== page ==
The U.S. dollar was weak against its peers on Tuesday, turning easy after having rebounded from 2-1/2-year lows in recent sessions thanks to a jump in U.S. Treasury yields.
The dollar index was down nearly 0.5% at 90.04. The index had tumbled to around 89.20 last week.
Against the Euro, the dollar was down 0.45% at $1.2207
The Pound Sterling was stronger by about 1.2%, fetching $1.3668 a unit. The British currency gained against its peers after Bank of England Governor Andrew Bailey downplayed expectations of taking interest rates negative to stimulate the economic growth.
In an online speech to the Scottish Chambers of Commerce, Bailey said that the monetary policy committee is debating the merits of negative interest rates. It has a lot of implications such as reducing bank profits, he added.
The Yen firmed up nearly 0.5% to 103.75 a dollar. Japan posted a current account surplus of 1,878.4 billion yen in November, data released by the Ministry of Finance showed. That exceeded expectations for a surplus of 1,551 billion yen and was down from 2,144.7 billion yen in October.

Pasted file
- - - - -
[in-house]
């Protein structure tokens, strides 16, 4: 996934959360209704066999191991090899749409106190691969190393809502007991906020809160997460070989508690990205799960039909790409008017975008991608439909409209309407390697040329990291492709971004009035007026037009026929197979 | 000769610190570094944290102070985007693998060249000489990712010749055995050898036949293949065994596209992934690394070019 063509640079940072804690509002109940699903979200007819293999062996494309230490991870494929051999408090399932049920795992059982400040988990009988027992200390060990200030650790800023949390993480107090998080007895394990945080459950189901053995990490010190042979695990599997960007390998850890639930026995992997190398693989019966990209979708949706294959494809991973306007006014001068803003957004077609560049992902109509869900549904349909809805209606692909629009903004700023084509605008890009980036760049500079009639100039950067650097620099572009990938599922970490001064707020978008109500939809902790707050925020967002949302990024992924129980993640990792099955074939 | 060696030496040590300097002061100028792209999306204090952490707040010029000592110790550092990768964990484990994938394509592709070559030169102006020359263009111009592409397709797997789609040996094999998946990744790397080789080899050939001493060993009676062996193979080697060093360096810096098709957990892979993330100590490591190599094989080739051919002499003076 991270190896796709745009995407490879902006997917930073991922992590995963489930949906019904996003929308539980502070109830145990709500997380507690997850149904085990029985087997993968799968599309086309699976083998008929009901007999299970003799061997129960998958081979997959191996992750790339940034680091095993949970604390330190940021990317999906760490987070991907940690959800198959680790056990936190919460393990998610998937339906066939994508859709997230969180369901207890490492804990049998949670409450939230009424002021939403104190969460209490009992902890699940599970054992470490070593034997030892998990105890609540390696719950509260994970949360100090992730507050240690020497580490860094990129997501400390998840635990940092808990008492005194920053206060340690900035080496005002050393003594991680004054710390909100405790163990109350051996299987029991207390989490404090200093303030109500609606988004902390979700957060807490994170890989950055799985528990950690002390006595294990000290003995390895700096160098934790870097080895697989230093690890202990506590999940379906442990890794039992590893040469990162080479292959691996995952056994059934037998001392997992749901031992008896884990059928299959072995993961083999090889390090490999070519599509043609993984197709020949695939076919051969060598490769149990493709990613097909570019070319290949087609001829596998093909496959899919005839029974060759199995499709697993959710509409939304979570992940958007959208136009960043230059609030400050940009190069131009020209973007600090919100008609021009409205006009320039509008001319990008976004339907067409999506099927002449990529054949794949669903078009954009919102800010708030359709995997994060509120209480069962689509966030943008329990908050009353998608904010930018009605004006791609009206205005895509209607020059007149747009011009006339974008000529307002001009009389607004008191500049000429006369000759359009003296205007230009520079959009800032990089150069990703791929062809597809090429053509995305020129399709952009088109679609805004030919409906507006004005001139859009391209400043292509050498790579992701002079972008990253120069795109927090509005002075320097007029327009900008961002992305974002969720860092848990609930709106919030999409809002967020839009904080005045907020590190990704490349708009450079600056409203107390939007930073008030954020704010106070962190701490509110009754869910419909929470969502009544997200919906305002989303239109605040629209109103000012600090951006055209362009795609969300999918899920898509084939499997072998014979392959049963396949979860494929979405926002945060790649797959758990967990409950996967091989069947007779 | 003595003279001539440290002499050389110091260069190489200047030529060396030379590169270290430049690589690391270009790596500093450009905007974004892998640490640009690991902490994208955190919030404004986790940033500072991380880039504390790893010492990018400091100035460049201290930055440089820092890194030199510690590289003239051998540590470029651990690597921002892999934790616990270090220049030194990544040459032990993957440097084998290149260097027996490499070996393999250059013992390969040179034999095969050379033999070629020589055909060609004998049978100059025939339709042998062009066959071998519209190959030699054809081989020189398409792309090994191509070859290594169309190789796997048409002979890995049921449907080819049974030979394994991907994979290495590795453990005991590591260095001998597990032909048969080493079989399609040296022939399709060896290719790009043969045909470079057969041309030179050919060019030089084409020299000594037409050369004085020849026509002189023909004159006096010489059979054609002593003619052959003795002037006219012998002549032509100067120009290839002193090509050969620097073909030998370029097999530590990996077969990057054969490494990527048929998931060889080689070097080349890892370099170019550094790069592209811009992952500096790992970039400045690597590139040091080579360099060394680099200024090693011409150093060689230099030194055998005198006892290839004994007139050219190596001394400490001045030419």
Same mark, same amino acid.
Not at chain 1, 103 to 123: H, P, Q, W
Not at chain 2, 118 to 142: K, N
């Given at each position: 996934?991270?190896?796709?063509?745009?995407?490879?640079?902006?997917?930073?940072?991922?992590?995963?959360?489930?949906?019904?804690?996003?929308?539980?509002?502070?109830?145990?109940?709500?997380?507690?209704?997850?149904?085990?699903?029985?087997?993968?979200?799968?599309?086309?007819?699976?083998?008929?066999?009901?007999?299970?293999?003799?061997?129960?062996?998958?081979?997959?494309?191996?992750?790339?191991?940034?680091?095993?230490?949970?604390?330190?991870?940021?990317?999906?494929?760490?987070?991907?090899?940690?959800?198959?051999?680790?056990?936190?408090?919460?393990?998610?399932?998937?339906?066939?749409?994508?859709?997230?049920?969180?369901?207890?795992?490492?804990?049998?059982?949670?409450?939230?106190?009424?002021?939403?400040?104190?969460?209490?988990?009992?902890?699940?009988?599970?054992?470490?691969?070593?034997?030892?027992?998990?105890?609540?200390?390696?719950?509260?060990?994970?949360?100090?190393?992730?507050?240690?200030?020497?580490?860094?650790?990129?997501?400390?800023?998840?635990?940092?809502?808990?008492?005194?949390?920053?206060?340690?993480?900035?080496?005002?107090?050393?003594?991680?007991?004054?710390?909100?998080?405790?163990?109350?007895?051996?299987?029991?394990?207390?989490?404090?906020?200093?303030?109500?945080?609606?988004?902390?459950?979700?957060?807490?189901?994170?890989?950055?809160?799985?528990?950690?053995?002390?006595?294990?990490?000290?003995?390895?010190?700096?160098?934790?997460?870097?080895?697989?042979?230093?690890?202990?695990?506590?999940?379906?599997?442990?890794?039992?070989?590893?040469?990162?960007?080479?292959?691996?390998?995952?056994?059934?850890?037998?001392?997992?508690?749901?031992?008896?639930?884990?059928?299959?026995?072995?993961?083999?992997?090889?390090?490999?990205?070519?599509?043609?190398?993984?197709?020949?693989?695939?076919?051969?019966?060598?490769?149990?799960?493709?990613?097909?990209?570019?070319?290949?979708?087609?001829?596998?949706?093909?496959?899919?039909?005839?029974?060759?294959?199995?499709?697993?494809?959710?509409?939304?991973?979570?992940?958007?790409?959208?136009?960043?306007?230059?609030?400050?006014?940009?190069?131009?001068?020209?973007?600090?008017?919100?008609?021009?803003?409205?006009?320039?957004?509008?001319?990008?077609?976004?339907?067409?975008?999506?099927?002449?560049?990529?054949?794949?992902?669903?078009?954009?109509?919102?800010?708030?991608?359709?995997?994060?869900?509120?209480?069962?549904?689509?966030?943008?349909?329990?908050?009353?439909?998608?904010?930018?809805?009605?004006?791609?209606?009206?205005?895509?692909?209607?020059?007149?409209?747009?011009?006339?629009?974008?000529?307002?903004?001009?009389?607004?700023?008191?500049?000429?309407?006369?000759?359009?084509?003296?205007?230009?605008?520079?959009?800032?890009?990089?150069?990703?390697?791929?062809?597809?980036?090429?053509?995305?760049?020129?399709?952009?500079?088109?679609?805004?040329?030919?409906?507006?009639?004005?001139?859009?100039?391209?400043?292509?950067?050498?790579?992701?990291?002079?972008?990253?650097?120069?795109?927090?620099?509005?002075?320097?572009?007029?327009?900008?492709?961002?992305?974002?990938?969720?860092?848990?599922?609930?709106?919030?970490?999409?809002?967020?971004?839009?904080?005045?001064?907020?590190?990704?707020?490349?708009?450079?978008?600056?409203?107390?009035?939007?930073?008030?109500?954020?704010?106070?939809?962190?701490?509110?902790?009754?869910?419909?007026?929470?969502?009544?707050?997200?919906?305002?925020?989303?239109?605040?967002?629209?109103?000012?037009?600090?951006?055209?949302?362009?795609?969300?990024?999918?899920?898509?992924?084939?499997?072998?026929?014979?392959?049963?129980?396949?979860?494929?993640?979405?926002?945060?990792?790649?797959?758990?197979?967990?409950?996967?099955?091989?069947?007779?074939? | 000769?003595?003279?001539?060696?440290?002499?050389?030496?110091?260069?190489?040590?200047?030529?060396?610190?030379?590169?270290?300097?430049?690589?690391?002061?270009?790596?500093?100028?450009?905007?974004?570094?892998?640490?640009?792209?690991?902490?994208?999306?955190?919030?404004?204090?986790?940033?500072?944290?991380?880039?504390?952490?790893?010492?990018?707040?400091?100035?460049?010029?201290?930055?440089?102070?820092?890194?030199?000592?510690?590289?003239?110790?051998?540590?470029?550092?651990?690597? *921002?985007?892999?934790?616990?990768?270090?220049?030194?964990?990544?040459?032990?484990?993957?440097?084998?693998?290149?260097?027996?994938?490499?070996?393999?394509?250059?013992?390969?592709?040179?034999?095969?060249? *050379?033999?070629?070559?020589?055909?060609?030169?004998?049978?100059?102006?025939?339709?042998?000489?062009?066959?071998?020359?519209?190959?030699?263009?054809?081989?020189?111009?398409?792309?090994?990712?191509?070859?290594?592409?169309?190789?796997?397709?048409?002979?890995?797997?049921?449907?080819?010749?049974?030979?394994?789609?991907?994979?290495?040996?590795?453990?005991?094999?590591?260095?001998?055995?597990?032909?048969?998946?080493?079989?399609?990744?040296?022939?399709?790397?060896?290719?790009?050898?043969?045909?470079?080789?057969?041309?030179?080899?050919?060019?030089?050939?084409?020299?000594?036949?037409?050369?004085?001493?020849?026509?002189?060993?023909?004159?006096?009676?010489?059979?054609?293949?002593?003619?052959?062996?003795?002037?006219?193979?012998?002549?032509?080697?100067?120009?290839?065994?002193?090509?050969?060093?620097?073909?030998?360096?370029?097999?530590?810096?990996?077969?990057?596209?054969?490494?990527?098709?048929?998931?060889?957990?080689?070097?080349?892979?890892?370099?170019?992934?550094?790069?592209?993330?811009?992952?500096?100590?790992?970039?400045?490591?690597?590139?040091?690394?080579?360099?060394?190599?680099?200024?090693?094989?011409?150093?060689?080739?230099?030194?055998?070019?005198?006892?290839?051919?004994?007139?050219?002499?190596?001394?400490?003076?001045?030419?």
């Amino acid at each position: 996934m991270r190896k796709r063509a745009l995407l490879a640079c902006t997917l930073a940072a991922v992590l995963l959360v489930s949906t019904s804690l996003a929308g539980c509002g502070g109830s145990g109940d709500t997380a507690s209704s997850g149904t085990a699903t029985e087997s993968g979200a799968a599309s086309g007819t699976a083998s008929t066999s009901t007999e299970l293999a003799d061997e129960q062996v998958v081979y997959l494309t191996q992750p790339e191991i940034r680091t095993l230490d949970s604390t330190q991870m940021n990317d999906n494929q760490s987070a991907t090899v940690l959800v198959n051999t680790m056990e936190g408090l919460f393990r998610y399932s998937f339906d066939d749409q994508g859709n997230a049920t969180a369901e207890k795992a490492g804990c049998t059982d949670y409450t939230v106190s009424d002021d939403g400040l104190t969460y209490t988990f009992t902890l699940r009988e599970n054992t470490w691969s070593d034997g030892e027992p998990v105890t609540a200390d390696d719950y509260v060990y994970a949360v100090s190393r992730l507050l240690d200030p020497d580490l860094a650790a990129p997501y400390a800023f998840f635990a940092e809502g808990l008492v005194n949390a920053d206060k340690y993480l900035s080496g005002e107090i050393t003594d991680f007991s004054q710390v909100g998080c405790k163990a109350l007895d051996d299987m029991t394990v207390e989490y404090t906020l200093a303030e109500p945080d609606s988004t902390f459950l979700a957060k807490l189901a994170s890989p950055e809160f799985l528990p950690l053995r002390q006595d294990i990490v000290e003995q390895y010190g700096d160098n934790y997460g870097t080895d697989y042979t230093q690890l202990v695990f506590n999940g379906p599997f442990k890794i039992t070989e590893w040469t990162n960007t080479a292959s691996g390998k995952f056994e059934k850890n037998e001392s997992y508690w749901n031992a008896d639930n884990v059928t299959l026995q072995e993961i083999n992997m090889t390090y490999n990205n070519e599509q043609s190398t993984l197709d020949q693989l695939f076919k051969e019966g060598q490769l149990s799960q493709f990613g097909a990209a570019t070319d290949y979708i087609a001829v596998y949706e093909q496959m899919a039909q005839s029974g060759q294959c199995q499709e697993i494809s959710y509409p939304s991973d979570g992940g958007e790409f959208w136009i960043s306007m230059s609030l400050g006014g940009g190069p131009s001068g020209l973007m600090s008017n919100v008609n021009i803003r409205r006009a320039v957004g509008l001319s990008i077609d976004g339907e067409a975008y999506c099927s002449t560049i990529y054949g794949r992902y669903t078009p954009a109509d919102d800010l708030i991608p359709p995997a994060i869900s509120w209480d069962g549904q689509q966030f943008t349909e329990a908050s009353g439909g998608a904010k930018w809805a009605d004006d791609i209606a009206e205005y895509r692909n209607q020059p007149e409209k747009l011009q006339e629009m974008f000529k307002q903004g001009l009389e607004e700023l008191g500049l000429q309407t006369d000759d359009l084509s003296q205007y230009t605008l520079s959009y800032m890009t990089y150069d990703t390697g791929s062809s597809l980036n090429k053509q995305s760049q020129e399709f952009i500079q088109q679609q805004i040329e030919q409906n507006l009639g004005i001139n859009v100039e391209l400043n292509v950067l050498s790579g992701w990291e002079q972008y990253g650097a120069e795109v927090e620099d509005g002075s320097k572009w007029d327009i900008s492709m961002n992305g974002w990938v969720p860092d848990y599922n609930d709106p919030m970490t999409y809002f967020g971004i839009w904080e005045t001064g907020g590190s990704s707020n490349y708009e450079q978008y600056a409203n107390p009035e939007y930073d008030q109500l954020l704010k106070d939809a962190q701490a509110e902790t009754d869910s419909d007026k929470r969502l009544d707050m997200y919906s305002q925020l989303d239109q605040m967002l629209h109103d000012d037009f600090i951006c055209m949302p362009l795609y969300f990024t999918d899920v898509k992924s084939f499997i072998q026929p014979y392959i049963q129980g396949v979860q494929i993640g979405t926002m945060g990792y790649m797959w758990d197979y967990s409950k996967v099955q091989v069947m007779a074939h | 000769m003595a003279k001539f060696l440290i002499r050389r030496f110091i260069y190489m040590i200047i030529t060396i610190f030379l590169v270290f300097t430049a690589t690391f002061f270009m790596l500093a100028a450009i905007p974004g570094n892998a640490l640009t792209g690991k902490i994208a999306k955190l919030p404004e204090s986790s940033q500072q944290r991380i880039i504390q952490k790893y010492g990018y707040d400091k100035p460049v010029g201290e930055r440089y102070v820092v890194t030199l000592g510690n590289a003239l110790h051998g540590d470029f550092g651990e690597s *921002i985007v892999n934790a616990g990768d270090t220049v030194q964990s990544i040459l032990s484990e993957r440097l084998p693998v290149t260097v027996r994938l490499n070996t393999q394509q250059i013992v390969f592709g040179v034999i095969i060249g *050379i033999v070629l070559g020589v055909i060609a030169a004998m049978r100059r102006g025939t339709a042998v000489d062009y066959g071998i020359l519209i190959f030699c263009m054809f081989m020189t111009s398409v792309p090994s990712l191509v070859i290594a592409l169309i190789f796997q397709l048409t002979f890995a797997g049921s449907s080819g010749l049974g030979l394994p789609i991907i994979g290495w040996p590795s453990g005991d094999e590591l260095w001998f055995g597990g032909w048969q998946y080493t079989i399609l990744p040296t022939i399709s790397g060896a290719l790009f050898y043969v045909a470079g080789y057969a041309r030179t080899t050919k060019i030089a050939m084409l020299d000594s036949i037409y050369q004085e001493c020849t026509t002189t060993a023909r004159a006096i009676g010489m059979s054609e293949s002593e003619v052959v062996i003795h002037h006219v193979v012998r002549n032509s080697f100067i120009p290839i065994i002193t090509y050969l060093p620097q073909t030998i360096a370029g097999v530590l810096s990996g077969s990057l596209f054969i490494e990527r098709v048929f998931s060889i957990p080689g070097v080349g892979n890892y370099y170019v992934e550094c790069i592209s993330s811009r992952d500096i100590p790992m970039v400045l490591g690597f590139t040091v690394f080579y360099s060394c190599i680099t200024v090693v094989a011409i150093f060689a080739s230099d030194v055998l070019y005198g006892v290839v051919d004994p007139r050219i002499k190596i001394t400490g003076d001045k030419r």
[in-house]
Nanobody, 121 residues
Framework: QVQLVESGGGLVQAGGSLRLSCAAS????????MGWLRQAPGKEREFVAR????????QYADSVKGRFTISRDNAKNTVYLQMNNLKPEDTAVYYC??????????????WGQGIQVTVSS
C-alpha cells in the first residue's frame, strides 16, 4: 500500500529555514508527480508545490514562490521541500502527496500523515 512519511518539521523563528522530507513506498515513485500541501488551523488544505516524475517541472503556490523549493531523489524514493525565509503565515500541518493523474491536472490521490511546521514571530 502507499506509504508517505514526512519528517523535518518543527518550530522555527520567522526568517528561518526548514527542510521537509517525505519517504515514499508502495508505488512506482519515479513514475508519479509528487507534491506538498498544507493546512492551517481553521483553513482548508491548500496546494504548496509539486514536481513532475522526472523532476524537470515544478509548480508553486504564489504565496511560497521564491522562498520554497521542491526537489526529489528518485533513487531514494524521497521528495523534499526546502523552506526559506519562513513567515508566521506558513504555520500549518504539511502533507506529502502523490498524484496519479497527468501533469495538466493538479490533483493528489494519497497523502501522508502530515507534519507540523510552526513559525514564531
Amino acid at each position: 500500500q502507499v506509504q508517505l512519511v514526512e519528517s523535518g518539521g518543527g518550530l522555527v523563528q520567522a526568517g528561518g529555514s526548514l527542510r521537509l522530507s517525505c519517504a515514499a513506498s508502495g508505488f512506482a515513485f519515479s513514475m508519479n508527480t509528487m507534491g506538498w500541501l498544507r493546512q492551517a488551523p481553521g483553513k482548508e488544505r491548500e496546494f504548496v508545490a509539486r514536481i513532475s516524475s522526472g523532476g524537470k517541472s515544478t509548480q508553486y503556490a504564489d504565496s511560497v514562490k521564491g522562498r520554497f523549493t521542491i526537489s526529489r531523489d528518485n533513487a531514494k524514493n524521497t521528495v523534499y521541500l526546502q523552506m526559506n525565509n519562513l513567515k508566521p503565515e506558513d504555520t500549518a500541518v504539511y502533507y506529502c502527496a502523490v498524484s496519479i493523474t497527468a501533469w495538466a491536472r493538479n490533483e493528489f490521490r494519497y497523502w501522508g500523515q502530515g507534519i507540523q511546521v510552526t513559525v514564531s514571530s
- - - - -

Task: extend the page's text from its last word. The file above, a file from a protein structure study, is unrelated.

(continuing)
The trade balance showed a surplus of 616.1 billion yen. The capital account showed a surplus of 2.1 billion yen and the financial account had a surplus of 1,593.3 billion yen.
The AUD-USD was trading at 0.7775, giving the Australian currency a gain of over 1%.
The Swiss franc firmed up nearly 0.5% at CHF 0.8863. The Loonie was up by about 0.55% at C$1.2714 a dollar as oil prices rose amid expectations of a drop in crude inventories.